UMC pistol round with wad around primer


#1

The attached picture of a .450 Revolver cartridge (what else !) made by UMC has a card wad around the primer pocket - probably to take up space. (It was common for manufacturers to seat bullets directly onto the blackpowder charge. The wad would raise the level of the blackpowder to the correct point for bullet seating. On UMC .450 rounds using smokeless powder a case cannelure was added to hold the bullet prior to crimping.)

This round has a smooth case and unmarked copper primer.

According to the UMC production ledger, UMC loaded the 450 from 1889 but that had a folded head. The solid head (shown here) was introduced in this caliber in 1893.

Questions:
(1). Has anyone any documentary evidence as to when this wad was introduced and discontinued?
(2). Has anyone seen this on other calibers from this era?


#2

The .55 Wesson shot shell comes to mind with a (rubber) gasket filling the same space.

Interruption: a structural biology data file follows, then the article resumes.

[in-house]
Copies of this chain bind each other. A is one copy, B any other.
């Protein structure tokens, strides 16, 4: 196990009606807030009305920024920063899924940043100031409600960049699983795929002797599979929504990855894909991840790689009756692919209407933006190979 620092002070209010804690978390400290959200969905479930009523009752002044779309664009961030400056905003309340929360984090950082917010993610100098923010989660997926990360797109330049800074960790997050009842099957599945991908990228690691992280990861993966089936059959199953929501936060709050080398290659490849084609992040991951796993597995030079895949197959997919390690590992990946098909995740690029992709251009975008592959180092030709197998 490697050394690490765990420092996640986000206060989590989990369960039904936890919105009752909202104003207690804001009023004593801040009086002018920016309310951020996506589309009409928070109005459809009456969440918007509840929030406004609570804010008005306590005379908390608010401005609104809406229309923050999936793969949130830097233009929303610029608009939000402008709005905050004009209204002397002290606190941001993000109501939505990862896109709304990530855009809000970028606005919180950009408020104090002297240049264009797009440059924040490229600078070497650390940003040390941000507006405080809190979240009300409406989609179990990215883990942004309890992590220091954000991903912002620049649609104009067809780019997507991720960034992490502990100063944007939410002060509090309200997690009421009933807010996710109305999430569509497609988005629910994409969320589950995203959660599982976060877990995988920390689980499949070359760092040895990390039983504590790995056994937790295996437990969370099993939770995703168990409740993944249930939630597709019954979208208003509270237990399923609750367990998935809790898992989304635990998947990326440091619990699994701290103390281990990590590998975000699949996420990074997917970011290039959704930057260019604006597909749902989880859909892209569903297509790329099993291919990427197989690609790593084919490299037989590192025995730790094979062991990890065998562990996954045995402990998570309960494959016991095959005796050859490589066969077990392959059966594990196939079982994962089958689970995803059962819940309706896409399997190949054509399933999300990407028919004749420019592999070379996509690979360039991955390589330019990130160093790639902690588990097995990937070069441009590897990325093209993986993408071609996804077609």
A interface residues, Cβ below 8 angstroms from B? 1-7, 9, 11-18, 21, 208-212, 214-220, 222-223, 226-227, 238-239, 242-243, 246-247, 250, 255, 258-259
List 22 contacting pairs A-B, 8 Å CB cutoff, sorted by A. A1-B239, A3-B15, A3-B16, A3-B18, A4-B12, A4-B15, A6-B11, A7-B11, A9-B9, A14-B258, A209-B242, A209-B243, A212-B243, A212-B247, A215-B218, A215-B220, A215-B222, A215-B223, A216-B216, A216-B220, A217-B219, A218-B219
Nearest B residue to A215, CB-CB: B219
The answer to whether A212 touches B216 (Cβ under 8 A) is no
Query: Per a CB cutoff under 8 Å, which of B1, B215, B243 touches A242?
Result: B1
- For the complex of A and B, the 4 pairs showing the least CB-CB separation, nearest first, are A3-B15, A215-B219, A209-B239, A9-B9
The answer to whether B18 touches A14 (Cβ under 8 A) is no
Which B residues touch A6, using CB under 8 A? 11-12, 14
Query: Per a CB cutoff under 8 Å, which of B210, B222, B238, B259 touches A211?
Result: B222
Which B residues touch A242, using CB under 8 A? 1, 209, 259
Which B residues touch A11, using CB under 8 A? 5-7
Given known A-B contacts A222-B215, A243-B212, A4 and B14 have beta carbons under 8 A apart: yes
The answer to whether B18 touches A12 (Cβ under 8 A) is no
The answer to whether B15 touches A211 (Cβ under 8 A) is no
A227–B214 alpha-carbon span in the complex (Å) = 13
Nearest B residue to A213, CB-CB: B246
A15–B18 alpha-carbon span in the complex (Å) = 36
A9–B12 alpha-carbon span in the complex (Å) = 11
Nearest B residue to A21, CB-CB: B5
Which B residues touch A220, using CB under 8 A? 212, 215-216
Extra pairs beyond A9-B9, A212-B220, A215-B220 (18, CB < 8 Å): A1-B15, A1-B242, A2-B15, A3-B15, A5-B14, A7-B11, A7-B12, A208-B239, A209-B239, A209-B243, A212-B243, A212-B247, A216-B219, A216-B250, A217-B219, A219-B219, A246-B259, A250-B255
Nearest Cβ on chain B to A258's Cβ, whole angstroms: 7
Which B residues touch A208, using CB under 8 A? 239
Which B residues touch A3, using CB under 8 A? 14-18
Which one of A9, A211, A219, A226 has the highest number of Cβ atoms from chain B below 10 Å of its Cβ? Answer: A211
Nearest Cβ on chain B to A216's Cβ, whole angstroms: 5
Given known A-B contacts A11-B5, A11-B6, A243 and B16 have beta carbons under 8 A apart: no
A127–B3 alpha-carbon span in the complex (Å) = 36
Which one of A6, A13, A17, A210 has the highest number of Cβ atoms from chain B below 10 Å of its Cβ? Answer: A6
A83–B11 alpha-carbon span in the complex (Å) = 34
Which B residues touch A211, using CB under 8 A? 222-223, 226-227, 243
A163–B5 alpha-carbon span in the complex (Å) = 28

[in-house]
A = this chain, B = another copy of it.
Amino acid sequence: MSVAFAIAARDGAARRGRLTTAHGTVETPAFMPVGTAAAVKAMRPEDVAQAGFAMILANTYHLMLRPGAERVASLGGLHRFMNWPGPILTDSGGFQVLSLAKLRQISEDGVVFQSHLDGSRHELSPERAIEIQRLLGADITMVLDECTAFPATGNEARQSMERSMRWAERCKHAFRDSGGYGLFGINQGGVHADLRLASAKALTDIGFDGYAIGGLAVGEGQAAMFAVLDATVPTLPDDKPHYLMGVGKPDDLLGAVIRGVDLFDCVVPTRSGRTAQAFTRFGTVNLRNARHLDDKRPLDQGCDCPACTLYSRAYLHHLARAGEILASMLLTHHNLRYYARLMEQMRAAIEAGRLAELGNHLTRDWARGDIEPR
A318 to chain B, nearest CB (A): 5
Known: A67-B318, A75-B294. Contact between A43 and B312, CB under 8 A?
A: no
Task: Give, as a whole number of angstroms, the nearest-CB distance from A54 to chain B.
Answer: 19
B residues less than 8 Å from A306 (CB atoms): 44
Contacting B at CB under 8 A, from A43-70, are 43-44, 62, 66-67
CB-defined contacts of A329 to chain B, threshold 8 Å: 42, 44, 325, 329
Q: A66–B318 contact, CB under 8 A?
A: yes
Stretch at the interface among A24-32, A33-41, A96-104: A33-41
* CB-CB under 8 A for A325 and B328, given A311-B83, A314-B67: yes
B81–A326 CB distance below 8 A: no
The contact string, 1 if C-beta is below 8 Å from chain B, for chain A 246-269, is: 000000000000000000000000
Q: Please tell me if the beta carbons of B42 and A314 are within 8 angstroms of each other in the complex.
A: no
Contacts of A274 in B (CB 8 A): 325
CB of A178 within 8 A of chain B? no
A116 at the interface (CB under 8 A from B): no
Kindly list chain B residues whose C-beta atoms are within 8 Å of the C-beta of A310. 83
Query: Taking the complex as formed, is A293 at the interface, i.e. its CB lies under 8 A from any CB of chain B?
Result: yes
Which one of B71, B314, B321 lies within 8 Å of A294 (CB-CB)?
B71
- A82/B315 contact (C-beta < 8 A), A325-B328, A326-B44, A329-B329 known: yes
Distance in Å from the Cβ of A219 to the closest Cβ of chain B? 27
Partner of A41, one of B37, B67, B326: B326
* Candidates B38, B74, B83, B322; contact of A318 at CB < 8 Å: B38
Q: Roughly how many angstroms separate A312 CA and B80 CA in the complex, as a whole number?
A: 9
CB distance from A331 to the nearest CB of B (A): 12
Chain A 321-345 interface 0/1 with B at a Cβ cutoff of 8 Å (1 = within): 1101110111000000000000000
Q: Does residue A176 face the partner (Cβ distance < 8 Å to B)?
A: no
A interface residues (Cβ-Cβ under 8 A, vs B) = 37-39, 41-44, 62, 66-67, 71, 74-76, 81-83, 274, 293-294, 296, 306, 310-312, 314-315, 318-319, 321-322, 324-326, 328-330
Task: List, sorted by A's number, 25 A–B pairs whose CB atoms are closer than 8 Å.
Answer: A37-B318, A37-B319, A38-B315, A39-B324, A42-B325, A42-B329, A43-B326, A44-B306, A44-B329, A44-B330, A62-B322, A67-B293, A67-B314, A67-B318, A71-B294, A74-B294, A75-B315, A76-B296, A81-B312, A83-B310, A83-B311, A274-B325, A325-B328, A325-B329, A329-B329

Sorry not to be of more help.


#3

Thanks Pete. IAA member Lou B. of Montana has just told me that the wad is also found in rounds headstamped REM-UMC 450 with the unmarked COPPER primer (he sent me photos). I can confirm that REM-UMC 450 rounds with the unmarked TIN/NKL primer do NOT have the wad.


#4

Chris, I don’t know if it relates at all, but yesterday Gourd sent me a thing on “Recent Patenets” from the 19th Century - just one page - and the following is shown:

“4,780. Cartridges. H.S. Maxim and R.R. Symon, London. March 4th, 1893.
Relates to rifle cartridges charged with smokeless powder and consists in the application of a disc of nitrated cloth to the flash-hole of the cap chamber to prevent the too rapid ignition of the powder charge by the detonation of the fulminate. The disc is ignited by the cap and serves as a “primer” to ignite the charge.”

I assume the patent is a British one, because there is a U.S. patent shown right above it for some sort of wad with a number of 22,780.

Again, I have no idea if this relates to the “primer wad” in the .450 round. With the small powder charge, I don’t see how it would, but thought I had better relate it here, primarily due to the very coincidental date of 1893. Most of the details of this old revolver stuff baffle me.